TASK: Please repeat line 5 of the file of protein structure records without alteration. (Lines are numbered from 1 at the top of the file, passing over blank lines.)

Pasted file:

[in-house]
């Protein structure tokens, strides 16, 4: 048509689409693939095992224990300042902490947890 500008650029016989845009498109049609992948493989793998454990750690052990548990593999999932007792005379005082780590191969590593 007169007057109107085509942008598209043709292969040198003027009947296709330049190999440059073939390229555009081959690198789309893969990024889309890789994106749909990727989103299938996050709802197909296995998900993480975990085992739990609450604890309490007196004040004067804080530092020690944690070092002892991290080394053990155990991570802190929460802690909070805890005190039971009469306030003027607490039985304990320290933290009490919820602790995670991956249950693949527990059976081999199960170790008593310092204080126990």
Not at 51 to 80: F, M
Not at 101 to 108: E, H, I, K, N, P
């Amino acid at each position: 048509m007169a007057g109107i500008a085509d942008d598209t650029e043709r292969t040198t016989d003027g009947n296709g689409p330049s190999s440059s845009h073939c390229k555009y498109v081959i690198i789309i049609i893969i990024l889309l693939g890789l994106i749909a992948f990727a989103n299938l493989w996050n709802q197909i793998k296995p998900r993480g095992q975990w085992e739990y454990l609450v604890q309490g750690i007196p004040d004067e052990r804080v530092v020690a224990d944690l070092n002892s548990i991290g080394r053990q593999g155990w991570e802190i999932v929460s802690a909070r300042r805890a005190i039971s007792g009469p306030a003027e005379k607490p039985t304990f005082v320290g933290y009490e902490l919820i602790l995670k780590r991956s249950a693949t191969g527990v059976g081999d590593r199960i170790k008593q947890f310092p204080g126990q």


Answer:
């Amino acid at each position: 048509m007169a007057g109107i500008a085509d942008d598209t650029e043709r292969t040198t016989d003027g009947n296709g689409p330049s190999s440059s845009h073939c390229k555009y498109v081959i690198i789309i049609i893969i990024l889309l693939g890789l994106i749909a992948f990727a989103n299938l493989w996050n709802q197909i793998k296995p998900r993480g095992q975990w085992e739990y454990l609450v604890q309490g750690i007196p004040d004067e052990r804080v530092v020690a224990d944690l070092n002892s548990i991290g080394r053990q593999g155990w991570e802190i999932v929460s802690a909070r300042r805890a005190i039971s007792g009469p306030a003027e005379k607490p039985t304990f005082v320290g933290y009490e902490l919820i602790l995670k780590r991956s249950a693949t191969g527990v059976g081999d590593r199960i170790k008593q947890f310092p204080g126990q």